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Seasonal and spatial variation of organic tracers for biomass burning in PM₁ aerosols from highly insolated urban areas
- van Drooge, B. L., Fontal, M., Bravo, N., Fernández, P., Fernández, M. A., Muñoz-Arnanz, J., Jiménez, B., Grimalt, J. O.
- Environmental science and pollution research international 2014 v.21 no.20 pp. 11661-11670
- aerosols, air, air quality, biomass, burning, cities, emissions, filters, gas chromatography, heat, isomers, mass spectrometry, relative humidity, smoke, solar radiation, summer, tracer techniques, urban areas, wildfires, winter, Iberian Peninsula, Spain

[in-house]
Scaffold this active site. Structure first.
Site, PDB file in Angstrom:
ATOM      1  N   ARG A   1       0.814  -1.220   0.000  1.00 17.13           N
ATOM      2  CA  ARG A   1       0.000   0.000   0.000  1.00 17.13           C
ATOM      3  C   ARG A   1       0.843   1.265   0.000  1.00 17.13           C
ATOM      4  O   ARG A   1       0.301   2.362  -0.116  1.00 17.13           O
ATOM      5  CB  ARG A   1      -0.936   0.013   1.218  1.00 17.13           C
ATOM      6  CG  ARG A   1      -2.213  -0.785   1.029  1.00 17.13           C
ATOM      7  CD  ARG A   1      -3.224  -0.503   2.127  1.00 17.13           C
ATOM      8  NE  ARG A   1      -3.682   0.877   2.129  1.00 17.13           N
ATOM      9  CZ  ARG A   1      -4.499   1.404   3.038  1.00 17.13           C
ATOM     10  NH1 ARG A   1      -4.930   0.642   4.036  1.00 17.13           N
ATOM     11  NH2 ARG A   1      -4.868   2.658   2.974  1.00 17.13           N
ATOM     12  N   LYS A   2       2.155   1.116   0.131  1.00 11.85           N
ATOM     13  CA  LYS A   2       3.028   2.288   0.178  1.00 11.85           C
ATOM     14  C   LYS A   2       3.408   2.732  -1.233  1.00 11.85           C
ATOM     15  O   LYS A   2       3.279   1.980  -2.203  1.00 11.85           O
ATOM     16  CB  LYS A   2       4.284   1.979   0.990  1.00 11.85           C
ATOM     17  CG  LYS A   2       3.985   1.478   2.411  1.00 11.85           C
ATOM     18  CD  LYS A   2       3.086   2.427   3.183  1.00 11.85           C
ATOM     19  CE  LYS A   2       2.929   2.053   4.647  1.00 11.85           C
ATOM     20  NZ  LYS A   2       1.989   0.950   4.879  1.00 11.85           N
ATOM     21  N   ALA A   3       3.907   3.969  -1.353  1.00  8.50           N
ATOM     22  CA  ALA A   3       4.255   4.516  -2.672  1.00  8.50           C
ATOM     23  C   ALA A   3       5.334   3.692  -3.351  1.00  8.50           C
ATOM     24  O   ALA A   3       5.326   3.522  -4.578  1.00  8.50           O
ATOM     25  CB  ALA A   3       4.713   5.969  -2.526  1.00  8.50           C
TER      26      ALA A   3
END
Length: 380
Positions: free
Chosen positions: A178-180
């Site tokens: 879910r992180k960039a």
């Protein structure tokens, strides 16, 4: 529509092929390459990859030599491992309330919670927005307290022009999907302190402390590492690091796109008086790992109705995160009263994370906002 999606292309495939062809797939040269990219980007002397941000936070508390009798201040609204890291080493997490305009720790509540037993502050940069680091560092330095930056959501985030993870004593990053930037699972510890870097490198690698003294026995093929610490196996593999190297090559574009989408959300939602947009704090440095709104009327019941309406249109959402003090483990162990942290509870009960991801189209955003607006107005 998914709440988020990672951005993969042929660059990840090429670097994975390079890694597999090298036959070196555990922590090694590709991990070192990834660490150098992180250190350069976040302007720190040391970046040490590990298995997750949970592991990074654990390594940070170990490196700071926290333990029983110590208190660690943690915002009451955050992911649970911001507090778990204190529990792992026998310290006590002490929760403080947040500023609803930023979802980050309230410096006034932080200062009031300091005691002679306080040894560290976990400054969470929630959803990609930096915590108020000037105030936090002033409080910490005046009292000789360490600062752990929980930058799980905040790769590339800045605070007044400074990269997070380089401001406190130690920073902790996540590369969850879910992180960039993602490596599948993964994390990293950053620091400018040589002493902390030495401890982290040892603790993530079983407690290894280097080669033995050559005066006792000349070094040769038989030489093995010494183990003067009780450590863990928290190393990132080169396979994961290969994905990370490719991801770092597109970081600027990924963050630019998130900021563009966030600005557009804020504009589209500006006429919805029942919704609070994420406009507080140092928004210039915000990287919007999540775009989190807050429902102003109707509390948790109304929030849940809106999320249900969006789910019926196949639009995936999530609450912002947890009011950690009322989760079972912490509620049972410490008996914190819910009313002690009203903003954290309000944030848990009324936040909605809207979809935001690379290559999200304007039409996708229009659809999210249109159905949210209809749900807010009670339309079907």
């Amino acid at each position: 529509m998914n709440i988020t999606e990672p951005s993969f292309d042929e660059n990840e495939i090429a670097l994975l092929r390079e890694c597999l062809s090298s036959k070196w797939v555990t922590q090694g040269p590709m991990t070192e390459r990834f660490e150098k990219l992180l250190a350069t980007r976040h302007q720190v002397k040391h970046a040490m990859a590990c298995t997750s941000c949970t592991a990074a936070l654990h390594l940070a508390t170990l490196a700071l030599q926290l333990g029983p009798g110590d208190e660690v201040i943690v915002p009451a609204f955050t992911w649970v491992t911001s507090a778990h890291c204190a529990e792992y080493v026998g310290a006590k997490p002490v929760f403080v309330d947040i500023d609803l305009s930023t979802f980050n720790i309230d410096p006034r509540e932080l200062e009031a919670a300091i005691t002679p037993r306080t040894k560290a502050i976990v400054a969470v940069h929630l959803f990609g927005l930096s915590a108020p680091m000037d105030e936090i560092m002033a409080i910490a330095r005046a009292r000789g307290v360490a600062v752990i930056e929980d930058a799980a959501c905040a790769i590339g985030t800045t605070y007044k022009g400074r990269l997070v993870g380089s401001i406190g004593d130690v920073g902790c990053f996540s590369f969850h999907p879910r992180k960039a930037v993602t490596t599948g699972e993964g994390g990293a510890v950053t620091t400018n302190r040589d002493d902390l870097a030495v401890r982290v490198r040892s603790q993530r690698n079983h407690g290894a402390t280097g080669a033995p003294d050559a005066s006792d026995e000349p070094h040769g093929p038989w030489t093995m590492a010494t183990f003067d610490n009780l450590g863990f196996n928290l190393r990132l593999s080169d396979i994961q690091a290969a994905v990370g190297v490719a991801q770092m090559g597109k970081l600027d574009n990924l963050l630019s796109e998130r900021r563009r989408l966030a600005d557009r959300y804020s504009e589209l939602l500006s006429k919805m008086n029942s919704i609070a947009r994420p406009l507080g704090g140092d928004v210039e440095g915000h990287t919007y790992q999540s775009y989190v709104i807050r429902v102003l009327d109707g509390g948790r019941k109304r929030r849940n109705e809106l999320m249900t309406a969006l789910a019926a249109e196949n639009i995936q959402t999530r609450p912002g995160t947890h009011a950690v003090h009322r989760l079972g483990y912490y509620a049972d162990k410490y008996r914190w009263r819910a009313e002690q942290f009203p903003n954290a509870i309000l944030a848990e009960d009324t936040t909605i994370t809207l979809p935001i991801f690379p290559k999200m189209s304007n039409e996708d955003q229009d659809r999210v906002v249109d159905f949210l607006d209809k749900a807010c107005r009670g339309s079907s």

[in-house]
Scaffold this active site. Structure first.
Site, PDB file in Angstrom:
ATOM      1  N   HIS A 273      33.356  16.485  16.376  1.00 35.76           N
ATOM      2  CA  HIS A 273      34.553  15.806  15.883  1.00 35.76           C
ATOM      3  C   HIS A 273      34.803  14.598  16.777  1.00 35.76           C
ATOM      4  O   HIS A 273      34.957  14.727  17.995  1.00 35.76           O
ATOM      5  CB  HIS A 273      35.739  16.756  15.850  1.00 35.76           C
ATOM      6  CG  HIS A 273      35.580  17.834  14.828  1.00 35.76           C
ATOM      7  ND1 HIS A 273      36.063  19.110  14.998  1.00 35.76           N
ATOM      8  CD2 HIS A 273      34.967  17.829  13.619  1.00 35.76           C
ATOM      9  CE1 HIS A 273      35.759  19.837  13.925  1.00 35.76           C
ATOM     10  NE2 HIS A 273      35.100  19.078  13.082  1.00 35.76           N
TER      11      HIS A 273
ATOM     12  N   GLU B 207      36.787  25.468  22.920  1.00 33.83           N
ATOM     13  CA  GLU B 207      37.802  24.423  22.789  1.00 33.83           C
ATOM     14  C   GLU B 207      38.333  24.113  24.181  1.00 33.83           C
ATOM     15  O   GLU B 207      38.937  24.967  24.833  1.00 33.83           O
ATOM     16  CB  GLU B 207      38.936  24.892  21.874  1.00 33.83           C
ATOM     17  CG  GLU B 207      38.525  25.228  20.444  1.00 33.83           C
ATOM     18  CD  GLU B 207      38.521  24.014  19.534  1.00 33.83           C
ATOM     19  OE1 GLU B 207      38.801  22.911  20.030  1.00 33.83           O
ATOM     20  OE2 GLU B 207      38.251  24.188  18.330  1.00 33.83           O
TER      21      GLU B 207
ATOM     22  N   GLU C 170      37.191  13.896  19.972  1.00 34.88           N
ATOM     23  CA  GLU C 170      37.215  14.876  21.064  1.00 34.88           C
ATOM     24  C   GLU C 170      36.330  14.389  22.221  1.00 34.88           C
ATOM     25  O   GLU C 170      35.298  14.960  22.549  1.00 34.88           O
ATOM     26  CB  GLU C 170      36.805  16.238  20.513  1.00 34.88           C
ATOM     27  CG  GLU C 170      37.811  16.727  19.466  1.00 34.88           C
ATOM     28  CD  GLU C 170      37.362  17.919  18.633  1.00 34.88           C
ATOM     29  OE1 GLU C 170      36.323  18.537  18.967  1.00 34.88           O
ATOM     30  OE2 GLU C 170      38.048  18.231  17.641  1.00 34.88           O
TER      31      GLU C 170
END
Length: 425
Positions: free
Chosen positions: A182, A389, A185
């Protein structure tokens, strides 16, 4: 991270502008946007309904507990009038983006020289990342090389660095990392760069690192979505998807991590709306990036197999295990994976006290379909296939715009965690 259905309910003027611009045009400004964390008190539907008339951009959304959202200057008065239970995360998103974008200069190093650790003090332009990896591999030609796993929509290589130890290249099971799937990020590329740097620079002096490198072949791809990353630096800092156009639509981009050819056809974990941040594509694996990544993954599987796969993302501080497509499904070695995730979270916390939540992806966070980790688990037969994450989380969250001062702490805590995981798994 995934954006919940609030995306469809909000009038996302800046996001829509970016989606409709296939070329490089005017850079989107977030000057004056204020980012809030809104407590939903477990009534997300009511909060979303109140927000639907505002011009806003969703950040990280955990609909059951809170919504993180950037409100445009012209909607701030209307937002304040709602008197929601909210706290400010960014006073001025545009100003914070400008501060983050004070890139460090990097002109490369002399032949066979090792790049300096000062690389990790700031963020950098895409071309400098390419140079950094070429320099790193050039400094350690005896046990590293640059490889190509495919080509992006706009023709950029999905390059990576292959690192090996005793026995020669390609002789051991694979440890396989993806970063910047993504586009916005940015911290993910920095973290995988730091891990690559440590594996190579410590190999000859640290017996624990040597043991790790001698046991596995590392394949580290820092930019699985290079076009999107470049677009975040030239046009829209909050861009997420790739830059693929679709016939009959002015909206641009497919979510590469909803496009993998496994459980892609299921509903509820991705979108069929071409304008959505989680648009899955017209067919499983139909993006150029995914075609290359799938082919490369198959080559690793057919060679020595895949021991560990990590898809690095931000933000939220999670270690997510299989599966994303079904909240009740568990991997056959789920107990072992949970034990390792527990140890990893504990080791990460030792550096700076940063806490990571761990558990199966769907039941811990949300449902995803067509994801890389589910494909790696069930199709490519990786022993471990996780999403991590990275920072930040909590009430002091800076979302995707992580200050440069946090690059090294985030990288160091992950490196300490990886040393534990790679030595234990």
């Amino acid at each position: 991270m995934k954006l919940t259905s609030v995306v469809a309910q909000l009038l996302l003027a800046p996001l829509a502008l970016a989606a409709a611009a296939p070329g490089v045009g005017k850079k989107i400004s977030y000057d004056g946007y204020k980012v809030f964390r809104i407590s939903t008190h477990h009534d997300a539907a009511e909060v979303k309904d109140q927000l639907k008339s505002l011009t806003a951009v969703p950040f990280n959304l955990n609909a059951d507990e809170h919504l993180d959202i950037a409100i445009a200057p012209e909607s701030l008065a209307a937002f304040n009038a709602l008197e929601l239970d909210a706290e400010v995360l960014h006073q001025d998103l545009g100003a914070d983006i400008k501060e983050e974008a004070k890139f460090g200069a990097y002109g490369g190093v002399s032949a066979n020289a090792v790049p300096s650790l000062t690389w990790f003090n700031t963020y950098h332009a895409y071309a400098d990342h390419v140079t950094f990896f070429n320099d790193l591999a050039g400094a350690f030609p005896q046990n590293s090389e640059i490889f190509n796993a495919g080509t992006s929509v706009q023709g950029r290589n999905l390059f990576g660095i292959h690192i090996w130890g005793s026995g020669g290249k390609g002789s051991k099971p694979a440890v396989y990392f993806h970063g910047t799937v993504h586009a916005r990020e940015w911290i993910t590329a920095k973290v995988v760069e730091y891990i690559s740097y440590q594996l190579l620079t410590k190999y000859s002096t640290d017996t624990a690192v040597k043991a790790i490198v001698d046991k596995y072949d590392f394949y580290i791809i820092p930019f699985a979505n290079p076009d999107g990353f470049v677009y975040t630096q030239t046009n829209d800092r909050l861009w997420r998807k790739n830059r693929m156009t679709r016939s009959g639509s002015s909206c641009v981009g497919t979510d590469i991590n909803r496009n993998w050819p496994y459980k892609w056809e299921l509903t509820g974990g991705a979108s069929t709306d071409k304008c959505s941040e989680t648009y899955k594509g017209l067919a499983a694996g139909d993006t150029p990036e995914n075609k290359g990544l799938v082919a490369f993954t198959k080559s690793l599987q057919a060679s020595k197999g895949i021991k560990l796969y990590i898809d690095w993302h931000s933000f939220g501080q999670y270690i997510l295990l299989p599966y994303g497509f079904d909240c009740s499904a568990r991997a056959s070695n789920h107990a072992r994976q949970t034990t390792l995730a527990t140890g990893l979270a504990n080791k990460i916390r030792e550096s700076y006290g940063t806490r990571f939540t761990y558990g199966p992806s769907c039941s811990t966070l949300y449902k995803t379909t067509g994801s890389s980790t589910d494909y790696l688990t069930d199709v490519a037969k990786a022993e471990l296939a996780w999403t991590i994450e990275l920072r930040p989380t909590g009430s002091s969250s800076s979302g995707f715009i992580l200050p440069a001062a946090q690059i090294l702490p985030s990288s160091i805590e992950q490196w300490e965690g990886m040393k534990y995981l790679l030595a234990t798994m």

- PM₁ aerosol characterization on organic tracers for biomass burning (levoglucosan and its isomers and dehydroabietic acid) was conducted within the AERTRANS project. PM₁ filters (N = 90) were sampled from 2010 to 2012 in busy streets in the urban centre of Madrid and Barcelona (Spain) at ground-level and at roof sites. In both urban areas, biomass burning was not expected to be an important local emission source, but regional emissions from wildfires, residential heating or biomass removal may influence the air quality in the cities. Although both areas are under influence of high solar radiation, Madrid is situated in the centre of the Iberian Peninsula, while Barcelona is located at the Mediterranean Coast and under influence of marine atmospheres. Two extraction methods were applied, i.e. Soxhlet and ASE, which showed equivalent results after GC-MS analyses. The ambient air concentrations of the organic tracers for biomass burning increased by an order of magnitude at both sites during winter compared to summer. An exception was observed during a PM event in summer 2012, when the atmosphere in Barcelona was directly affected by regional wildfire smoke and levels were four times higher as those observed in winter. Overall, there was little variation between the street and roof sites in both cities, suggesting that regional biomass burning sources influence the urban areas after atmospheric transport. Despite the different atmospheric characteristics in terms of air relative humidity, Madrid and Barcelona exhibit very similar composition and concentrations of biomass burning organic tracers. Nevertheless, levoglucosan and its isomers seem to be more suitable for source apportionment purposes than dehydroabietic acid. In both urban areas, biomass burning contributions to PM were generally low (2 %) in summer, except on the day when wildfire smoke arrive to the urban area. In the colder periods the contribution increase to around 30 %, indicating that regional biomass burning has a substantial influence on the urban air quality.